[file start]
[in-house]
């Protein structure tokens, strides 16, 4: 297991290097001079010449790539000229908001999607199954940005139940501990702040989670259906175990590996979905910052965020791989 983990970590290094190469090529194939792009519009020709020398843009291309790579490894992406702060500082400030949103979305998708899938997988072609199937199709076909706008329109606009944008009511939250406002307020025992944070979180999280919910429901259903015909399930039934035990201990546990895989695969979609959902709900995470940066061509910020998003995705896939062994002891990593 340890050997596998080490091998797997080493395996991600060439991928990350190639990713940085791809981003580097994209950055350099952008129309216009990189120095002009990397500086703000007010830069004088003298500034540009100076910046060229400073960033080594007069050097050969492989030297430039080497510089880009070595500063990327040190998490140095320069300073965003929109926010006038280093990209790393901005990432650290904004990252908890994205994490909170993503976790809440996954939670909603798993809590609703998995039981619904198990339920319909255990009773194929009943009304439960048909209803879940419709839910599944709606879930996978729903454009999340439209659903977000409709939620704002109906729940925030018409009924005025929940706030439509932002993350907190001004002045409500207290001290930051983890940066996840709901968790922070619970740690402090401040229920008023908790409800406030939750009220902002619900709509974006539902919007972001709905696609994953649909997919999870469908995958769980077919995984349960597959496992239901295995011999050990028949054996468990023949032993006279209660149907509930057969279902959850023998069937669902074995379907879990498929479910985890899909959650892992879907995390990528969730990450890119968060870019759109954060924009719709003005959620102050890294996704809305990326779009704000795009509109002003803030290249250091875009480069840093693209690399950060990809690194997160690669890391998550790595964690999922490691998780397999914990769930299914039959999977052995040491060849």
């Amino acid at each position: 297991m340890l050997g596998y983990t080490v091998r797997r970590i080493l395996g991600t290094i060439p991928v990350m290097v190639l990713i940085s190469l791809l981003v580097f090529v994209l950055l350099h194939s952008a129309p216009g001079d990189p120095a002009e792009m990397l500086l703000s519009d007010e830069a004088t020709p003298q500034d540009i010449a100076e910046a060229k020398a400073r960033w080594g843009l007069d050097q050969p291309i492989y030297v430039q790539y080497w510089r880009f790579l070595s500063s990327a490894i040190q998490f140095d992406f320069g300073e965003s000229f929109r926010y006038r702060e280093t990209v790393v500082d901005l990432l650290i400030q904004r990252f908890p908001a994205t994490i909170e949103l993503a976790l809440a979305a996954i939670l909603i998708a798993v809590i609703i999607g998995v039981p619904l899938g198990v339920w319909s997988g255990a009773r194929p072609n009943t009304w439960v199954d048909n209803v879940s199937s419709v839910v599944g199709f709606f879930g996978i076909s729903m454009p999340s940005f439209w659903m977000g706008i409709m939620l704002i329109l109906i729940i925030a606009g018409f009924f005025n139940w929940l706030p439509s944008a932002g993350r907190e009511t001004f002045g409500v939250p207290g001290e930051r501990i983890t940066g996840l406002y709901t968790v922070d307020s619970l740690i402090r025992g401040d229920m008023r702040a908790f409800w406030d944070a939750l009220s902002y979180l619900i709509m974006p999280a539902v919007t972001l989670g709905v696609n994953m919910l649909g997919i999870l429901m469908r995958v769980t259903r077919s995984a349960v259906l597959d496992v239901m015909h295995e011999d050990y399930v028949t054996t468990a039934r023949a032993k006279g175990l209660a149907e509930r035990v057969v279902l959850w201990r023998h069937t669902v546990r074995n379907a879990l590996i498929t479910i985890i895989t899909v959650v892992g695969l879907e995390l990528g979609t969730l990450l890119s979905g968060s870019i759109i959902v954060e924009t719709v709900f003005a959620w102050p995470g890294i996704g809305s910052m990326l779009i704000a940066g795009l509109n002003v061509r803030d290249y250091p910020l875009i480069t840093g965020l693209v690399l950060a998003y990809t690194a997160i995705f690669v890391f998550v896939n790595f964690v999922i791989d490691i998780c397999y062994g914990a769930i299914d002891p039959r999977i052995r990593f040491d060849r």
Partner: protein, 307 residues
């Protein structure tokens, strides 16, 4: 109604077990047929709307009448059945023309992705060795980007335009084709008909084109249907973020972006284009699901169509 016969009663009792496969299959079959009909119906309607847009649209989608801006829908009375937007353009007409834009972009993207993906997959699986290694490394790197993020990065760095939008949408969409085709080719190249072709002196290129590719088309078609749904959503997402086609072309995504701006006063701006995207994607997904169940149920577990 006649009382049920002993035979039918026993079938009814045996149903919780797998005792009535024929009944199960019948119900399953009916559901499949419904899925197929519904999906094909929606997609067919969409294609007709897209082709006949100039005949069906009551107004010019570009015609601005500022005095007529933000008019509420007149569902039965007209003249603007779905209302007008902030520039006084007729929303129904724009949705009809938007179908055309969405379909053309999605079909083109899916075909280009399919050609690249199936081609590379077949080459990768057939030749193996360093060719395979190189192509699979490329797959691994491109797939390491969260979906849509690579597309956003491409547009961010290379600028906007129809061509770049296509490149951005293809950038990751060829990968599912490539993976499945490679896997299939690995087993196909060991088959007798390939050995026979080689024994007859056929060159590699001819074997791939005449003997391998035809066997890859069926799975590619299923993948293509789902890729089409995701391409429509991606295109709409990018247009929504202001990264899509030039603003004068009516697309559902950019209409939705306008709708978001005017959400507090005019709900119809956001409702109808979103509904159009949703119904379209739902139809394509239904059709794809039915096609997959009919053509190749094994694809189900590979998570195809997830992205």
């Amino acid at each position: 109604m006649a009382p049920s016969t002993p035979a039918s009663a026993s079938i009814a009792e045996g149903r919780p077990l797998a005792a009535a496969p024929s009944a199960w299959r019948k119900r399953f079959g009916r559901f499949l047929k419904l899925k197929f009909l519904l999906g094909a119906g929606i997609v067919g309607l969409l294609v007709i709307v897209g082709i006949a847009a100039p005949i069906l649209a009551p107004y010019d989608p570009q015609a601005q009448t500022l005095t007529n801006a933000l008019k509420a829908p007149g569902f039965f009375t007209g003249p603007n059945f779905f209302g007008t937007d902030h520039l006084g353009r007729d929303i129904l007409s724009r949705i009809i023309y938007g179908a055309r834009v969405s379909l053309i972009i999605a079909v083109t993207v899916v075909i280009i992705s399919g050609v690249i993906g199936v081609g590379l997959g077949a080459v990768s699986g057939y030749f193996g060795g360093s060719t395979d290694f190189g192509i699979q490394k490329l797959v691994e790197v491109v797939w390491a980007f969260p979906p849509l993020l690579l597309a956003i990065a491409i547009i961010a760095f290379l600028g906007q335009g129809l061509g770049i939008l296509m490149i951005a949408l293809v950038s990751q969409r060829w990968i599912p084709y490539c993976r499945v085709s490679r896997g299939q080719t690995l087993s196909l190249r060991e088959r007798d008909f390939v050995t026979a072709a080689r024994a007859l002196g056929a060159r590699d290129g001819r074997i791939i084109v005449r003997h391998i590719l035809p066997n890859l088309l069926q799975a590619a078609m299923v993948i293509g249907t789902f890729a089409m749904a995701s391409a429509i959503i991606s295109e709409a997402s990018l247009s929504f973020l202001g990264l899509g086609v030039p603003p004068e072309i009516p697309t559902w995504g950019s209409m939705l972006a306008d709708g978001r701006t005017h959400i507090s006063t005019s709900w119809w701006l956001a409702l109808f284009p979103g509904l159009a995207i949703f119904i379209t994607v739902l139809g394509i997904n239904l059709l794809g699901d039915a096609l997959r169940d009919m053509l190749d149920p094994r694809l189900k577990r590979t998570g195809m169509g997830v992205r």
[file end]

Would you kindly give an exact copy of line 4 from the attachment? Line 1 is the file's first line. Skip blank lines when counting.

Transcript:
Partner: protein, 307 residues